How does the past matter in the present? How is a feeling of 'ownership' of the past expressed in people's everyday lives? Should continuity with the distant past be seen as simply a nationalist fiction or is it transformed by local historical imagination?
While recent anthropological studies have focused on reconstructing disputed histories, this book examines the multiple ways in which the past is used by people as a critical resource for interpreting the meanings of a changing present. It poses the issue of the felt relevance of the past in constructing present day identities. The Greek island of Kalymnos is a barren and seemingly bucolic setting of tourist imagination. But its history has been one of almost continuous occupation by foreign powers and of often fierce resistance. This has made Kalymnians particularly sensitive to seeing their island in a much wider context and to understanding the 'games played by the powerful'.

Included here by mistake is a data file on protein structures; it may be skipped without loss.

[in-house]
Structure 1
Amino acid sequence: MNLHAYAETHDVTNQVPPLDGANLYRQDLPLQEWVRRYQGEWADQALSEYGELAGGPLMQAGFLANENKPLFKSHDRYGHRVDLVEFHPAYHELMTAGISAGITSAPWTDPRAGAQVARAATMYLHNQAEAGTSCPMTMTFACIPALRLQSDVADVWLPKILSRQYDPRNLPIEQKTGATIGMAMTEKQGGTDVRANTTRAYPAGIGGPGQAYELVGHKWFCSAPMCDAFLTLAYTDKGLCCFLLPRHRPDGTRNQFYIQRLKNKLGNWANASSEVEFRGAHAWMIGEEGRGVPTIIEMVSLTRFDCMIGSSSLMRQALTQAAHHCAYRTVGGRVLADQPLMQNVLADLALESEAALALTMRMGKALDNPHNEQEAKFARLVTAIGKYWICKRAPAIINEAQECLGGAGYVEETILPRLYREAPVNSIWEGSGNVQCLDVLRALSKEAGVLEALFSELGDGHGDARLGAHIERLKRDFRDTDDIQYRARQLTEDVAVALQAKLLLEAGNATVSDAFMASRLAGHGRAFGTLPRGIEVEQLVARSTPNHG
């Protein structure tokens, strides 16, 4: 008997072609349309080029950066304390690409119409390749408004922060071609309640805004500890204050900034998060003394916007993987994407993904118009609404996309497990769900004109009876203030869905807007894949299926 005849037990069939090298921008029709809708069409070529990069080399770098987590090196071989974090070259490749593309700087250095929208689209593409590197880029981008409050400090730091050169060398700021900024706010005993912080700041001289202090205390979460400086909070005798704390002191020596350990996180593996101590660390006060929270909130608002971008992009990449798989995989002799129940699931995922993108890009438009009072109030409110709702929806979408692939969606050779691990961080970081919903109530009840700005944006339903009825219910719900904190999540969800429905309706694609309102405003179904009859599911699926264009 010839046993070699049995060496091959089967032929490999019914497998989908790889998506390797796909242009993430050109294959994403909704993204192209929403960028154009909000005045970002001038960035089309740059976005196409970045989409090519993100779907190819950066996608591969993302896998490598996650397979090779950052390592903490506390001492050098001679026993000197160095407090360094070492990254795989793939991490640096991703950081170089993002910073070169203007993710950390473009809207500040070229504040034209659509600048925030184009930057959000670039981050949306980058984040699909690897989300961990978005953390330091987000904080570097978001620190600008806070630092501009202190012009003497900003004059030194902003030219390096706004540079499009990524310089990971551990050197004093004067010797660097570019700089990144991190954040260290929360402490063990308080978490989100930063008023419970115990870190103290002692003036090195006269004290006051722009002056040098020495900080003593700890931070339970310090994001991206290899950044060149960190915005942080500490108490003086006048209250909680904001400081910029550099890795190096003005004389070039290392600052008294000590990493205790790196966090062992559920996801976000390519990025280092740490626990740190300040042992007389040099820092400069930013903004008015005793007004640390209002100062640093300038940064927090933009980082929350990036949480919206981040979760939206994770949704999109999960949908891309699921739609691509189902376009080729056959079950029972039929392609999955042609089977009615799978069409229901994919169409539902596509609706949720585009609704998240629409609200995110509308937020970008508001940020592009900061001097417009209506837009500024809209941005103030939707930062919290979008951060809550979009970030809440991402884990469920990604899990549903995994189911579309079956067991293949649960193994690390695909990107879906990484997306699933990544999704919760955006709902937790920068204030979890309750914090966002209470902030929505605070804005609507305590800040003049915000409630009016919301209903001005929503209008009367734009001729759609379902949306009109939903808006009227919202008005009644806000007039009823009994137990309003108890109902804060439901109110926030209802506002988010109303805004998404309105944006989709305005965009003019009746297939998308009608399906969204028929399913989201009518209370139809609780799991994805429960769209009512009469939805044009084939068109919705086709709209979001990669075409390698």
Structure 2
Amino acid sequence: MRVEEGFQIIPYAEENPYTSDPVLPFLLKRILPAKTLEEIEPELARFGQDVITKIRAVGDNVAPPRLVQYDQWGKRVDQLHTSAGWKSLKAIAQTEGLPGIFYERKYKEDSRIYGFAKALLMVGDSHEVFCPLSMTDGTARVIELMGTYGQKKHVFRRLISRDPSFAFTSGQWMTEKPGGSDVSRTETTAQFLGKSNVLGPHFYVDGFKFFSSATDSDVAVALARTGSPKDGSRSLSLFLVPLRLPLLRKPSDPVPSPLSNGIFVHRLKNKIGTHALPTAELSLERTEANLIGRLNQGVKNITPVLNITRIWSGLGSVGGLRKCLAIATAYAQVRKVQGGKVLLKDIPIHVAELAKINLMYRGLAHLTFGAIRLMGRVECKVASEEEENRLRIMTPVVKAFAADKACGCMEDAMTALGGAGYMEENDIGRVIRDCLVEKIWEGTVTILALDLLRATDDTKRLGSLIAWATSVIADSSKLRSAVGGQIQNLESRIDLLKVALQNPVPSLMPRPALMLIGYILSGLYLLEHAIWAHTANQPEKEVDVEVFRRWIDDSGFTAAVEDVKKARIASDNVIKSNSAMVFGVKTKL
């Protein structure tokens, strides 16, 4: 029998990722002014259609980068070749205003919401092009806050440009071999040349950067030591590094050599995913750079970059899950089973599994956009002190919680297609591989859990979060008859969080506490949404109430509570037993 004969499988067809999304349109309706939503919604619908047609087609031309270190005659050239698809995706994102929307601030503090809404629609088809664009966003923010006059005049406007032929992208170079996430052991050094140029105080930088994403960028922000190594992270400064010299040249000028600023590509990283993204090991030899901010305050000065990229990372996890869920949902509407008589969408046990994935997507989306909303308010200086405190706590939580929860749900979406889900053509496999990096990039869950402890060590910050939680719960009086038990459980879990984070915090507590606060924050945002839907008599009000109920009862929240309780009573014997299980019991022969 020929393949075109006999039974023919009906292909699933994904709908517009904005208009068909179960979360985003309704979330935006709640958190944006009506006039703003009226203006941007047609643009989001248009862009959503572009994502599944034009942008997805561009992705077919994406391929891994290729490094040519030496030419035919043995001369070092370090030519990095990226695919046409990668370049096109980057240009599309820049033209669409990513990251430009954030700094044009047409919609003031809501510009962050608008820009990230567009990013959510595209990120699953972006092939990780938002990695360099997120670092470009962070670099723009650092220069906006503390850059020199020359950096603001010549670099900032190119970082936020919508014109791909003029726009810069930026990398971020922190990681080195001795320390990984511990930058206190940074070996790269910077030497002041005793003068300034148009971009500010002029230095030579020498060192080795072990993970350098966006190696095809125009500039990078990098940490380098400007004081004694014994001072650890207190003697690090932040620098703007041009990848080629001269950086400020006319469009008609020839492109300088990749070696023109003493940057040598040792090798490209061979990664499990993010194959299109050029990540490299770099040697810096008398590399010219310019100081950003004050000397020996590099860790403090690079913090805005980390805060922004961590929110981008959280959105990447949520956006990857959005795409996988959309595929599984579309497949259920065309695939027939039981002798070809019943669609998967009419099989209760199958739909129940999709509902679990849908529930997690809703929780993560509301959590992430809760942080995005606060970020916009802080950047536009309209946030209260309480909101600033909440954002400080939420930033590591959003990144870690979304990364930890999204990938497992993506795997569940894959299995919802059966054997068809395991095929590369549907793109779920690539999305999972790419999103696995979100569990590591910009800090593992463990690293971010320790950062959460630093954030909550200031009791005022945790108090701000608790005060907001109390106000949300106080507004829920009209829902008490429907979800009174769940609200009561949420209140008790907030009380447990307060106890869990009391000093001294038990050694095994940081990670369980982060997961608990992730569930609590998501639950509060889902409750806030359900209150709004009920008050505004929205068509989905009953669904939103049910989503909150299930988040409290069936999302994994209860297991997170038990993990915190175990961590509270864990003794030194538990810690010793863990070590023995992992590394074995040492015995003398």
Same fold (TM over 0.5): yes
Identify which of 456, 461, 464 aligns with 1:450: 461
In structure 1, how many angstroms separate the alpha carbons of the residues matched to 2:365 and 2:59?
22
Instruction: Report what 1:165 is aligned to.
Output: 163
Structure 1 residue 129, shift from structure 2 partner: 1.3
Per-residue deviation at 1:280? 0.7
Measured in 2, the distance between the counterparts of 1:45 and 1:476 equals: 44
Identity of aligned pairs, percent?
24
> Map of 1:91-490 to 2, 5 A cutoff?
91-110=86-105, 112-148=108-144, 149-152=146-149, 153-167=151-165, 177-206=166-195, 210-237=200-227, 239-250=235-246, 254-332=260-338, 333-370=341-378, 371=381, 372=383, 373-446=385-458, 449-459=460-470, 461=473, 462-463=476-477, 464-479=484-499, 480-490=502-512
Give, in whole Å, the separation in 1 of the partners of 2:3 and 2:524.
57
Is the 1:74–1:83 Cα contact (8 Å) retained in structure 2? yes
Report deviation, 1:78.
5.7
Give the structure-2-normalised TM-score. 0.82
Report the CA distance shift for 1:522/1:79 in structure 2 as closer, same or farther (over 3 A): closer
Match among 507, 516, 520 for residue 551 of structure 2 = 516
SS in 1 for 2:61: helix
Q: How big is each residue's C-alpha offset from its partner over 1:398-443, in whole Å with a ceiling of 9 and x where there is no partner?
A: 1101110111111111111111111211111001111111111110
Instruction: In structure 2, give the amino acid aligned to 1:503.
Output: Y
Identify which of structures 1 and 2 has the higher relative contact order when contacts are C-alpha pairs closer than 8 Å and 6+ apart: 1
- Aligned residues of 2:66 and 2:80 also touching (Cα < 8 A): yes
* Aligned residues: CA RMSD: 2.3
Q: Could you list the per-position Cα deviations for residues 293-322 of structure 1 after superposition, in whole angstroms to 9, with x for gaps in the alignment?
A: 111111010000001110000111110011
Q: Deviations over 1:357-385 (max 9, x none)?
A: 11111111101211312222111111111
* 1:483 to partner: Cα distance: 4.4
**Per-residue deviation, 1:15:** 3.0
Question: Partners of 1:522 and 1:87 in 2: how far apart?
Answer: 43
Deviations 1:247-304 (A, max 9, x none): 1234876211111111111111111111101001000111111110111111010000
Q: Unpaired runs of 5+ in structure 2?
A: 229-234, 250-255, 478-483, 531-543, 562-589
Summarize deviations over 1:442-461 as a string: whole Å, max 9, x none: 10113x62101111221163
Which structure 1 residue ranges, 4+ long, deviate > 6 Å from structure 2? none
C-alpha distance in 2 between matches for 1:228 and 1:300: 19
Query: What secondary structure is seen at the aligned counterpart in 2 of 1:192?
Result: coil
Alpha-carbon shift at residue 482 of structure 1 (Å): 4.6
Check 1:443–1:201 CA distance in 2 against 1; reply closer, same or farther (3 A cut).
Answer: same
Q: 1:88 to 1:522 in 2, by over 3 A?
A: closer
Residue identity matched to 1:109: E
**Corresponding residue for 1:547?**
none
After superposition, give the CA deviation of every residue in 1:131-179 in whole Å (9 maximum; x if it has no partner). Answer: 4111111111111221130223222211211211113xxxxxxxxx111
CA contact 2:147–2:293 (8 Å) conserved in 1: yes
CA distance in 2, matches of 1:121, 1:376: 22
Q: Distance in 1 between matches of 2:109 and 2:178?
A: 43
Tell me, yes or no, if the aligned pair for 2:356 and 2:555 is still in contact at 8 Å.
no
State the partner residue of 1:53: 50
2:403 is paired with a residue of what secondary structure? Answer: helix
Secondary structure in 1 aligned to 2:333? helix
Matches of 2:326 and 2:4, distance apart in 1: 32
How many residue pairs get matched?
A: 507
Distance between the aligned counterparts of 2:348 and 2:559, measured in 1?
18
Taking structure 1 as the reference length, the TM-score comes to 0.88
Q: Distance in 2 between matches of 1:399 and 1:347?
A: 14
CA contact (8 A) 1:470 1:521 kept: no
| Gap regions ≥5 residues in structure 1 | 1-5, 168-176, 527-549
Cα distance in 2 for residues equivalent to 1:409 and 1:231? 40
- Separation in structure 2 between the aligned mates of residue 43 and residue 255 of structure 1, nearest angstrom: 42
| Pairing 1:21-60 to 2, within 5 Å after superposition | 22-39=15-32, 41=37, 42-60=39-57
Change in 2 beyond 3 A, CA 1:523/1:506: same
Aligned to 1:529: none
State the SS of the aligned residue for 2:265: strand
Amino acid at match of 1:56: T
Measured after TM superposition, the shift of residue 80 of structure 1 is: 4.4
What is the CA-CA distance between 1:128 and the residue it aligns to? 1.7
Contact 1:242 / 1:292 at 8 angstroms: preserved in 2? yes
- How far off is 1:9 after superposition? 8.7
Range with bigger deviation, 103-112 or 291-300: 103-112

In examining changing gender relations, European integration, and local perceptions of the war in the former Yugoslavia, this book brings together local, national and international perspectives in a unified field. Controversial contemporary practices of dynamite throwing and dowry giving serve as tropes through which Kalymnians explore alternative ways of living in a changing world. Further, the author argues persuasively for the crucial importance of situated fieldwork in 'peripheral'places in understanding the issues and conflicts of a transnational world. This book serves as an highly readable case study of the complex connections between local and global discourses and practices, and how they are shaped by their relationship to the past.